How Safe Is Your Place of Worship?

Violence on or around faith-based properties is increasing across our country. The reasons for this increase are likely numerous and complex. Regardless of the reasons, the question needs to be asked; how safe are you and your family at your place of worship?

There have been several high profile incidents in the last year or so. Two examples are the Sutherland Springs Church shooting from November 2017 or more recently, the shooting at the Tree of Life Synagogue in Pittsburg in October 2018. Both incidents resulted in multiple fatalities and many more injured. In both cases the victims were completely defenseless.

Carl Chinn is a man who has the dubious distinction of being involved in not one violent incident on faith-based property but two. The first involved an armed hostage taker (Chinn was a hostage) at a Focus on the Family facilityin Colorado. The second was a church shooting at New Life Church in Colorado Springs where Chinn was one of the first on scene to confront the killer.

In addition to being a devout man, Chinn is an expert on security at faith-based facilities. He is a speaker with the Sheepdog Seminar organization, which is focused on helping faith-based organizations improve security.

Chinn has compiled data on violent incidents occurring on faith-based properties between 1999 and 2017. Many people would find the numbers surprising.

Most notable is the continued increase in number of incidents and fatalities beginning in 2006 and continuing through 2017.

Violent incidents on faith-based properties are often not motivated by religious issues. Many are the result of domestic violence spillover or of ordinary criminal activity such as assault, robbery, rape, etc.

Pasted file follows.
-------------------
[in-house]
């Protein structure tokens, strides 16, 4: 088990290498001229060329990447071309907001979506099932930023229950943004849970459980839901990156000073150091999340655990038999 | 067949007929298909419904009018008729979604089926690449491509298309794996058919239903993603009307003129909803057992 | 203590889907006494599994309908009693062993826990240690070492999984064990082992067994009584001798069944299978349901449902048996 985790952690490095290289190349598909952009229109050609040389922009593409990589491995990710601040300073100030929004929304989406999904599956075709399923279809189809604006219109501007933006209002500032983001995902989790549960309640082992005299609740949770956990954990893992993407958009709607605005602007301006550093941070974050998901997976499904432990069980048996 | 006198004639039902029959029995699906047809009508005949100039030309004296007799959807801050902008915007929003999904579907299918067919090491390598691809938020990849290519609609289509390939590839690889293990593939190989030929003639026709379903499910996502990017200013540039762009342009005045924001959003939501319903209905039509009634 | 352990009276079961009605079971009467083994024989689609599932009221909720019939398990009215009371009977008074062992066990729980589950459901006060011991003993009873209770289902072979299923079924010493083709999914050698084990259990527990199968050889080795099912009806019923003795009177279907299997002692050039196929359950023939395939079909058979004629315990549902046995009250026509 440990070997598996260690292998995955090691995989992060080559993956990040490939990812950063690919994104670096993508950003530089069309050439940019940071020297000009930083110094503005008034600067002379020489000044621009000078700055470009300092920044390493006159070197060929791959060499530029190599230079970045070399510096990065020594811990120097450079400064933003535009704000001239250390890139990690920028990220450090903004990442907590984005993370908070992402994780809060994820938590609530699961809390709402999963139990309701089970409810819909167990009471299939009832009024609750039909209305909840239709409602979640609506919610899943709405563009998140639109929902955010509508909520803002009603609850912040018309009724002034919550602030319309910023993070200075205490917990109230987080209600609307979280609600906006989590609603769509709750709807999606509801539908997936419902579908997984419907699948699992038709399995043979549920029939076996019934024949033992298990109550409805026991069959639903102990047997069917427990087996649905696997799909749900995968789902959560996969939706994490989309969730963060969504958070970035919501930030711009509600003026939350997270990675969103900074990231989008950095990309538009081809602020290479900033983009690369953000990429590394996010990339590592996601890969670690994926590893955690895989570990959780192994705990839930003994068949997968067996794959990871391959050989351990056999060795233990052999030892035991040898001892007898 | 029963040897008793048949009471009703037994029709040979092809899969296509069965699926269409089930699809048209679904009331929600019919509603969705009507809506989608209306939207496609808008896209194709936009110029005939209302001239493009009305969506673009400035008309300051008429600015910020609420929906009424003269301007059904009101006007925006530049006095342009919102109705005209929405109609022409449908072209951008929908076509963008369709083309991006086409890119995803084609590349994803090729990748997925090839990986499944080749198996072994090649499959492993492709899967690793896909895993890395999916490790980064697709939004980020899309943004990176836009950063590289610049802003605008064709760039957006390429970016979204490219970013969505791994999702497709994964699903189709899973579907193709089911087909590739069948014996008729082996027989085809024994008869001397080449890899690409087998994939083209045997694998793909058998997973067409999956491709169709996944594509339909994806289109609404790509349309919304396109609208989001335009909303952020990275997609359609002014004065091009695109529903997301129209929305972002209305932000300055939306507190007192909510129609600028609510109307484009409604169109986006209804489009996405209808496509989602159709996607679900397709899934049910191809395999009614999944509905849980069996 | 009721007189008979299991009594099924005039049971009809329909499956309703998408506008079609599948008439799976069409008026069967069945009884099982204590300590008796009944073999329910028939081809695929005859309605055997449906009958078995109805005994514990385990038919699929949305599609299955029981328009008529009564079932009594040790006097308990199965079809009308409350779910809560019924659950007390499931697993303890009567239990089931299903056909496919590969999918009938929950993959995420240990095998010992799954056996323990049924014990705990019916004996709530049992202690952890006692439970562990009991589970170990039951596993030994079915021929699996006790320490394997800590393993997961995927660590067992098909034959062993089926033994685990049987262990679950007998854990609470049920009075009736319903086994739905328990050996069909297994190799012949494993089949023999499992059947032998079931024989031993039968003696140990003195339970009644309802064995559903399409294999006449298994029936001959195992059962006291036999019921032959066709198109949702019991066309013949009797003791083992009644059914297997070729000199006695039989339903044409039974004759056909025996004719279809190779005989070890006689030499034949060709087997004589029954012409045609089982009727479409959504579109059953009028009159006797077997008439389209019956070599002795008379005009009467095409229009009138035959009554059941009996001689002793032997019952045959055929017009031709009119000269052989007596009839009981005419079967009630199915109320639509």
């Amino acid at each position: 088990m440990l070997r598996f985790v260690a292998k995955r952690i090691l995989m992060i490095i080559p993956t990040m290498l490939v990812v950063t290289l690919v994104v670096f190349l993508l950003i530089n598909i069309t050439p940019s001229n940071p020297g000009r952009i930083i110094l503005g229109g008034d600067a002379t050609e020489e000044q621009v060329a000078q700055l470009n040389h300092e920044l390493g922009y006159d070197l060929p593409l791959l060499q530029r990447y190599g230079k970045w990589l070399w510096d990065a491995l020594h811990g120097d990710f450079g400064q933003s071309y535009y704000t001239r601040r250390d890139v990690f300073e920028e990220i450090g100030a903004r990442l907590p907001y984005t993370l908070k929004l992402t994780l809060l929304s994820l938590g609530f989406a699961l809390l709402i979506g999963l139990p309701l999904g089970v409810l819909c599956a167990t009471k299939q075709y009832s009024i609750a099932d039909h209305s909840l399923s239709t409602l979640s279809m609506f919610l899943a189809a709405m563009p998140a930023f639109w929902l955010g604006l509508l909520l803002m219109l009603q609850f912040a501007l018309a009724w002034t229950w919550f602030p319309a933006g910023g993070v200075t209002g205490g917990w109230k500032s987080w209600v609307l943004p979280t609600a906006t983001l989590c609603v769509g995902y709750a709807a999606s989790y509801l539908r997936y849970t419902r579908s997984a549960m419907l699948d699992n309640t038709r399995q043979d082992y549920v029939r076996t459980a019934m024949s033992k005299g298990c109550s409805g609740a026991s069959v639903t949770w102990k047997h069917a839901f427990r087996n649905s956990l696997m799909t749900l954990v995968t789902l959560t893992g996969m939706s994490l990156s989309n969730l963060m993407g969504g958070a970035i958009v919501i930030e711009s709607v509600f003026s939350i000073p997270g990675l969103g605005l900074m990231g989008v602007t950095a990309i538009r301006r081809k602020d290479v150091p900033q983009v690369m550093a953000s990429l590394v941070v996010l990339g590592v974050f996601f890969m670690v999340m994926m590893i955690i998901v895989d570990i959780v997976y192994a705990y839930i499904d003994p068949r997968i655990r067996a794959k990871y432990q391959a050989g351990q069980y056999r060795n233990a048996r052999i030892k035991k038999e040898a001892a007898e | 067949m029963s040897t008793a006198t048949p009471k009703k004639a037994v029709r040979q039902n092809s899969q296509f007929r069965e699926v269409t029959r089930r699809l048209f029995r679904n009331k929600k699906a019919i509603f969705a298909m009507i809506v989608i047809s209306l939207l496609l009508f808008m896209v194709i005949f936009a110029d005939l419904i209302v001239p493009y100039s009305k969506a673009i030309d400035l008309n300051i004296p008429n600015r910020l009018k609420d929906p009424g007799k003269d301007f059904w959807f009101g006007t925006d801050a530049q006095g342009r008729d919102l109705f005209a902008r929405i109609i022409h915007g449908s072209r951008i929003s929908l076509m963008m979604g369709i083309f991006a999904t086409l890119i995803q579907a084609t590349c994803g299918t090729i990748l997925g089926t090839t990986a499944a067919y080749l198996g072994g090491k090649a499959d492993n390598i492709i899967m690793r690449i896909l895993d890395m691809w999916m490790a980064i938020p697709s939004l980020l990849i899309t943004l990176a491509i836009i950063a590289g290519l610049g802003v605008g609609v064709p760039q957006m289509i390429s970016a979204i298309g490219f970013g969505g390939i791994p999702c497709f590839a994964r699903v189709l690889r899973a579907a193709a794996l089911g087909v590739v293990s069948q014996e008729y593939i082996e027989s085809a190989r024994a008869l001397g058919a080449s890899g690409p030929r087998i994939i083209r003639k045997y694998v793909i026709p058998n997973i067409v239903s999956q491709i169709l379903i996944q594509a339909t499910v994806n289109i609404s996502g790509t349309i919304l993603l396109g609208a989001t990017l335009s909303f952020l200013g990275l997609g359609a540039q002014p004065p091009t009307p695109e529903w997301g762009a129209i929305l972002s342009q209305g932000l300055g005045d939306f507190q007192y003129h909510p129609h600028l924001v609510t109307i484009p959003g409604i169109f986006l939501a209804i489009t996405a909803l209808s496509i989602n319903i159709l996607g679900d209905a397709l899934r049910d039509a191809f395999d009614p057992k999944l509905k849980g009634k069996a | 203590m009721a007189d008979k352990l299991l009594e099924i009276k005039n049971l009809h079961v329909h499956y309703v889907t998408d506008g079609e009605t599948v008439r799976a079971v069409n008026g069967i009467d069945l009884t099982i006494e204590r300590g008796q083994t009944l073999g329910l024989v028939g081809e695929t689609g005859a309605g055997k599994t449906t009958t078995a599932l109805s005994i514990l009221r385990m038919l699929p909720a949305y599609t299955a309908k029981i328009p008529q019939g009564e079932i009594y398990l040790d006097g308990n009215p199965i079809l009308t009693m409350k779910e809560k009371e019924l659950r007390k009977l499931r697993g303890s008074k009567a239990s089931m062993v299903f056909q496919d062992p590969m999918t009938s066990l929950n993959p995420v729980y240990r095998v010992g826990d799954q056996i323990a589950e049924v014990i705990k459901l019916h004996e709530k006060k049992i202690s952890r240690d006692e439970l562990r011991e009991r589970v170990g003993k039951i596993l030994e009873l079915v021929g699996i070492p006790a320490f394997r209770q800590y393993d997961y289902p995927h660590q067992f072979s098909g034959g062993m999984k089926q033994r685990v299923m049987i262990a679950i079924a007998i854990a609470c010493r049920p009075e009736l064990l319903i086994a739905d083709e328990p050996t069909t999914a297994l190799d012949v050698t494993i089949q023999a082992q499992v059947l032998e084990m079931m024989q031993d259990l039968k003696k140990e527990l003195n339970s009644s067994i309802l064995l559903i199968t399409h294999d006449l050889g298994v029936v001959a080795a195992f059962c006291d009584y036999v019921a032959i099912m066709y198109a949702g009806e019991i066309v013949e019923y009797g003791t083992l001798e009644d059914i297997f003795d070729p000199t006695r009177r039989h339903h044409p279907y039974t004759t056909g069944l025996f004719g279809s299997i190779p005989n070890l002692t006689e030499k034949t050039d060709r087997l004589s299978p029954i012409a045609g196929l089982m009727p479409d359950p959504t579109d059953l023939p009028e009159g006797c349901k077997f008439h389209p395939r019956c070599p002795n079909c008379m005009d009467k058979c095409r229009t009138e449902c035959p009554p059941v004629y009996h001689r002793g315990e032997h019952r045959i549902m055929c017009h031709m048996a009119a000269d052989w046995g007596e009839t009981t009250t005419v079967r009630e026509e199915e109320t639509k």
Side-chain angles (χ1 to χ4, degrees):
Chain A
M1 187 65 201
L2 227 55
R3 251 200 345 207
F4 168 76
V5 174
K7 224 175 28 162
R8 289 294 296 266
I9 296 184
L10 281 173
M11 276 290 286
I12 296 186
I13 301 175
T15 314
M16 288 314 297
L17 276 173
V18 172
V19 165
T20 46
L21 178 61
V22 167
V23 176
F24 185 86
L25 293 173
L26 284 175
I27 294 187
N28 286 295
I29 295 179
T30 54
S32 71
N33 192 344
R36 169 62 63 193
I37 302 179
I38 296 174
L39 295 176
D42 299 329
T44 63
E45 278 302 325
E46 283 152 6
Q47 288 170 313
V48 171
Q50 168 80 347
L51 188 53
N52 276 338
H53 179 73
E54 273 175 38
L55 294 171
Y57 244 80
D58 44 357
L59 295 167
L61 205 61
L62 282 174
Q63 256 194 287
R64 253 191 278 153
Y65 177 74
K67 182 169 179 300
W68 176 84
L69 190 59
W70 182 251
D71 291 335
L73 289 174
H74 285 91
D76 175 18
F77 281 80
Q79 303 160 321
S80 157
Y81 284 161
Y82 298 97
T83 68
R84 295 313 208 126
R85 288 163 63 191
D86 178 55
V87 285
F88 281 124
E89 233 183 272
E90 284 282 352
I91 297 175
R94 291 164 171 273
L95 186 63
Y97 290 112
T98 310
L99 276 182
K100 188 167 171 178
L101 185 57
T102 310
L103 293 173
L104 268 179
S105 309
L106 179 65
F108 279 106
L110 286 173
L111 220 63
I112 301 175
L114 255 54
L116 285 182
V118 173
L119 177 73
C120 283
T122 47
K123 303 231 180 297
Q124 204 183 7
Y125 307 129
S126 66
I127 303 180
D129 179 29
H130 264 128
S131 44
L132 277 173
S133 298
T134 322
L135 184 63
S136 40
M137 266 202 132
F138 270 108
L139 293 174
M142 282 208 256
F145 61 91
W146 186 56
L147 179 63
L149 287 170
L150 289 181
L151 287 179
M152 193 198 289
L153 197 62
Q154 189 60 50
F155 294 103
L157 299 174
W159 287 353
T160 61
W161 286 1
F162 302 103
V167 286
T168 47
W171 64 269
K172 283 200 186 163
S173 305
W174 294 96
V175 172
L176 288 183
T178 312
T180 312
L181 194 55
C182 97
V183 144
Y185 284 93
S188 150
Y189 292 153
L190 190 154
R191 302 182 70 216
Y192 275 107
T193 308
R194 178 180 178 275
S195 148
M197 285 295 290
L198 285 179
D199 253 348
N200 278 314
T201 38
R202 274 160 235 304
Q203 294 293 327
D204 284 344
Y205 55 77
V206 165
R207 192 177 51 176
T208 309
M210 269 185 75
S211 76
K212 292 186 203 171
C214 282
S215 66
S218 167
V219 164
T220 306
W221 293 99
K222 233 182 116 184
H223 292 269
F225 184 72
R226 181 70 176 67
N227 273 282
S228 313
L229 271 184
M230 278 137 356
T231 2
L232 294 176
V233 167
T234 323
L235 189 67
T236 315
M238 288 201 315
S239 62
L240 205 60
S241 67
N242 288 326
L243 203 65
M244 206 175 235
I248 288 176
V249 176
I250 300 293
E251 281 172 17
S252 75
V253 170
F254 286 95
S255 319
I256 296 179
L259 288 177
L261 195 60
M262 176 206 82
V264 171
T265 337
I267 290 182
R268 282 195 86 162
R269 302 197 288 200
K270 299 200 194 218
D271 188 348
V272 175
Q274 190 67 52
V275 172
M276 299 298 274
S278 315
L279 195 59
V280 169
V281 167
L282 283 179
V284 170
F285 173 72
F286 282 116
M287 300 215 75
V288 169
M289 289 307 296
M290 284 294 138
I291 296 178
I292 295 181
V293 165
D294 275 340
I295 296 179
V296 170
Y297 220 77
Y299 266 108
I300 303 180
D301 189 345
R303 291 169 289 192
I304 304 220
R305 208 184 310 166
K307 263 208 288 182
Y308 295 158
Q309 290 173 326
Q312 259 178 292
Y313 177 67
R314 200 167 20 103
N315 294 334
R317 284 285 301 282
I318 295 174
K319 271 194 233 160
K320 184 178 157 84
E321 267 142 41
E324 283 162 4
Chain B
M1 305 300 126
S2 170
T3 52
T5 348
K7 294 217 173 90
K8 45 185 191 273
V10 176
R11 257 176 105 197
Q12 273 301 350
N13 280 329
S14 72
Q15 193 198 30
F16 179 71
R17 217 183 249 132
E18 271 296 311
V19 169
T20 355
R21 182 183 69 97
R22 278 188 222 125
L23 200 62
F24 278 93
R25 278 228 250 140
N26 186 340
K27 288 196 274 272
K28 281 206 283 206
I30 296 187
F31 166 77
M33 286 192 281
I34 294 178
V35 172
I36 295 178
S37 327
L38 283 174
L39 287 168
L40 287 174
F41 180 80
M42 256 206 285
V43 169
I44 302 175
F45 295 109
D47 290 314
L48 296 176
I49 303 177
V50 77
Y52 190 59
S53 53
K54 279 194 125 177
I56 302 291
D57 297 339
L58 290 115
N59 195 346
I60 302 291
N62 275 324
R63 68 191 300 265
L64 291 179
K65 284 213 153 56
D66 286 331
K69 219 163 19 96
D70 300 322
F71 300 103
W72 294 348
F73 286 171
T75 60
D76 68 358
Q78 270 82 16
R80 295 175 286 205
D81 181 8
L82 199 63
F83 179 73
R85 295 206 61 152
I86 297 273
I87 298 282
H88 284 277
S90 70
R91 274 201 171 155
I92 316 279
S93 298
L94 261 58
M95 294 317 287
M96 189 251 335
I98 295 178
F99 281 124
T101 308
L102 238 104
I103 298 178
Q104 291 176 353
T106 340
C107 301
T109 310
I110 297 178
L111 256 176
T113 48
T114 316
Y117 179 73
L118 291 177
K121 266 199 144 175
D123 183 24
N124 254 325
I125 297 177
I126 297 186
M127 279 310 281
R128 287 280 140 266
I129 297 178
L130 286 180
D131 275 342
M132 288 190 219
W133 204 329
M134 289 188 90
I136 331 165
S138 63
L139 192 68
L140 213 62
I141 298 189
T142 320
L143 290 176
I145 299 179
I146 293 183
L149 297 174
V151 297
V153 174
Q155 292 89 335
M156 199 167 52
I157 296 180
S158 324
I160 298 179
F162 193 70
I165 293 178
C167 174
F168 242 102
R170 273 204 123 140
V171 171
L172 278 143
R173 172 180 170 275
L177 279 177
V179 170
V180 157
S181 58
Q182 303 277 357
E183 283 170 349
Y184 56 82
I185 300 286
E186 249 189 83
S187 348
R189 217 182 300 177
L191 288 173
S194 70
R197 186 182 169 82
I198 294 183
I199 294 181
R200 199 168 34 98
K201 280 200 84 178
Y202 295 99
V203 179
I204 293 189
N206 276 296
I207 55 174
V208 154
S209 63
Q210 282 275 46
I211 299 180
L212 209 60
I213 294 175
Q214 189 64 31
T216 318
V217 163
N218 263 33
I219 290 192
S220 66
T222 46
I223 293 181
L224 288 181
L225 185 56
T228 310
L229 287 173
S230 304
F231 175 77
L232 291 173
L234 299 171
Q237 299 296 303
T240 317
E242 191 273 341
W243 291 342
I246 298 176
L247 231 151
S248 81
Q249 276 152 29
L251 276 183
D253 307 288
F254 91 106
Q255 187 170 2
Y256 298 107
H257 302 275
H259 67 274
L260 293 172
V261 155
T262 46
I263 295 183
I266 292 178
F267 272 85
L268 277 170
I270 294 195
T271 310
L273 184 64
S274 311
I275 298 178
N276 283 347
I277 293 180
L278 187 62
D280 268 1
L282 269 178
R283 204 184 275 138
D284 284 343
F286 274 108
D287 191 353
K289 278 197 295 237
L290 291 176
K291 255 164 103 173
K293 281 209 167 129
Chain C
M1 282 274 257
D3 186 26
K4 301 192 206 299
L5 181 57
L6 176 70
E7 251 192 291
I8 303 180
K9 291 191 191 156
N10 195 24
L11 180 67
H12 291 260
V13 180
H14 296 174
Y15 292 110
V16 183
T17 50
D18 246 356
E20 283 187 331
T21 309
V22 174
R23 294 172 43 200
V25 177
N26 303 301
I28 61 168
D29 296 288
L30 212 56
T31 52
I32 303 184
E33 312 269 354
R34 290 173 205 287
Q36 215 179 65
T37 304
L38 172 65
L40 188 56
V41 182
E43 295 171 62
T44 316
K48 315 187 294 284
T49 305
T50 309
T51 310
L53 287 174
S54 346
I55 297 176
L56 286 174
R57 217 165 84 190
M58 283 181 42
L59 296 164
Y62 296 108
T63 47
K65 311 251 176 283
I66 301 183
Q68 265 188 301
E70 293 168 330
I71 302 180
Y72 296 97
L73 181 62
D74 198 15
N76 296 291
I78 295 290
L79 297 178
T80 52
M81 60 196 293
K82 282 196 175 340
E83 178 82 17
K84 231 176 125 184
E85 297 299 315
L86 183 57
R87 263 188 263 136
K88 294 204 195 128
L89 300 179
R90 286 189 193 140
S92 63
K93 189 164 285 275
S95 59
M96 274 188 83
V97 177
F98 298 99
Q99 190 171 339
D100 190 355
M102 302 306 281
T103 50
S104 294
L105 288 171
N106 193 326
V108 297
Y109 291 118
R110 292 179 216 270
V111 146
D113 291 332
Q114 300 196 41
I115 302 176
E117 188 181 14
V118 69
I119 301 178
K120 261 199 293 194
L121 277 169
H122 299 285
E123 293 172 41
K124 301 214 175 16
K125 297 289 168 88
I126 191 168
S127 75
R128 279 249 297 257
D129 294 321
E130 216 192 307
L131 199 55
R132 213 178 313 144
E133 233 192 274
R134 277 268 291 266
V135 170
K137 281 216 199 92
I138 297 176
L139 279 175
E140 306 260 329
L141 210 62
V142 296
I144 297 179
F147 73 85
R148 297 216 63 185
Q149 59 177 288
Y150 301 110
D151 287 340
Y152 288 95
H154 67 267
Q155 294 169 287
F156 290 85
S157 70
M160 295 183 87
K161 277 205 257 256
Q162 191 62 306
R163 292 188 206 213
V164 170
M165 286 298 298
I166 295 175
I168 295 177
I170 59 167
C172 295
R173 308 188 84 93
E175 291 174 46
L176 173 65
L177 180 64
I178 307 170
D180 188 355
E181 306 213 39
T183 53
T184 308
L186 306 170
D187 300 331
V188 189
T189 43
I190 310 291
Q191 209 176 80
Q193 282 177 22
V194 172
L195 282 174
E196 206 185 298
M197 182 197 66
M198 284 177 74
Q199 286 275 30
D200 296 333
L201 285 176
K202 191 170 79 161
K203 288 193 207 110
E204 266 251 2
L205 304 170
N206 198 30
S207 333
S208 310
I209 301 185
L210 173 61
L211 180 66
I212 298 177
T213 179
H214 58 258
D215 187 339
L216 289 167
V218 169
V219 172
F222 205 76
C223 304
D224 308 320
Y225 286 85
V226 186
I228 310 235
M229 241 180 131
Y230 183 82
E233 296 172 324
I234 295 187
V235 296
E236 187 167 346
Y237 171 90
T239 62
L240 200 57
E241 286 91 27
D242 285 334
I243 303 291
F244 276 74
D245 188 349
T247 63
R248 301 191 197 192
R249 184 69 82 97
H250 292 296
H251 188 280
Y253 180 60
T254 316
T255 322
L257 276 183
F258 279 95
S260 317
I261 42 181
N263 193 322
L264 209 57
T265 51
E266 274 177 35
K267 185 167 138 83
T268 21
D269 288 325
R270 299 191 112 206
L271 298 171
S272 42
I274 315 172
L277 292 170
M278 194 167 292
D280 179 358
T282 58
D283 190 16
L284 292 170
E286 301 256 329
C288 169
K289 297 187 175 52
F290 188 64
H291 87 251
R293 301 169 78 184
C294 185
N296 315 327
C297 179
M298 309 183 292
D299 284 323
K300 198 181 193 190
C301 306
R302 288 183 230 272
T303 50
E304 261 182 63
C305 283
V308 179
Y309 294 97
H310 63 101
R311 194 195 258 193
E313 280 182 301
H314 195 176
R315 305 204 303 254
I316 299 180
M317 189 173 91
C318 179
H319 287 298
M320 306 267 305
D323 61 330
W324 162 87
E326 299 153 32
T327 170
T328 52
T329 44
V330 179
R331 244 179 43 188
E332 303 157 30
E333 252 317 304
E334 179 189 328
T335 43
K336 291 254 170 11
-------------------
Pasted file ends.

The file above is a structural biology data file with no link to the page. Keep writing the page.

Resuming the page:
The common thread through all these incidents is that churches and faith-based facilities are soft targets. People at these locations are generally defenseless and criminals and murderers know this. Incidents often do not occur during services. Victims are often facility staff, attacked while performing their normal work activities.

Given this information, you might consider the following:

  • How safe is your place of worship?– Does leadership consider security issues at all? Is the building physically secure? Are there a number of exits? Is your place of worship a soft target?
  • Does your place of worship have a security team?– Is there a team? Are they trained or just well meaning volunteers? Are they armed? Security that isn’t armed isn’t security. Do they train and practice regularly?
  • Do you have a CCW and do you carry at services?– If not, why? Why don’t you have a CCW and if you do, why don’t you carry at services? Do you carry wherever its legal to do so? If not, why
  • Do you have situational awareness at service?– Do you choose where to sit based on awareness? Are you aware of exit locations? Of cover? Of concealment? Of escape routes? Can you see who is entering and do you notice people?
  • Do you volunteer at your place of worship?– If so, do you consider all of the above?

Violence is a growing problem in our society. While our country as a whole is generally a safe place, innocent people are attacked every day. Incidences of mass violence are increasing. It has nothing to do with firearms! What we are seeing today is a function of our society, having multiple and complex causes. As a society we’ve chosen to not seriously address these causes, so the situation is not likely to change anytime soon.

You are responsible for your personal safety. You are responsible for the safety of your family. Accept your responsibility. Take action.

Anti-gun forces will continue to use incidences of mass violence to attack your rights. If you want to keep your rights defend them by joining San Diego County Gun Owners (SDCGO), the California Rifle and Pistol Association (CRPA), and the National Rifle Association (NRA). Join the fight and help us restore and preserve our second amendment rights. Together we will win.

 

©2018 Joseph T Drammissi

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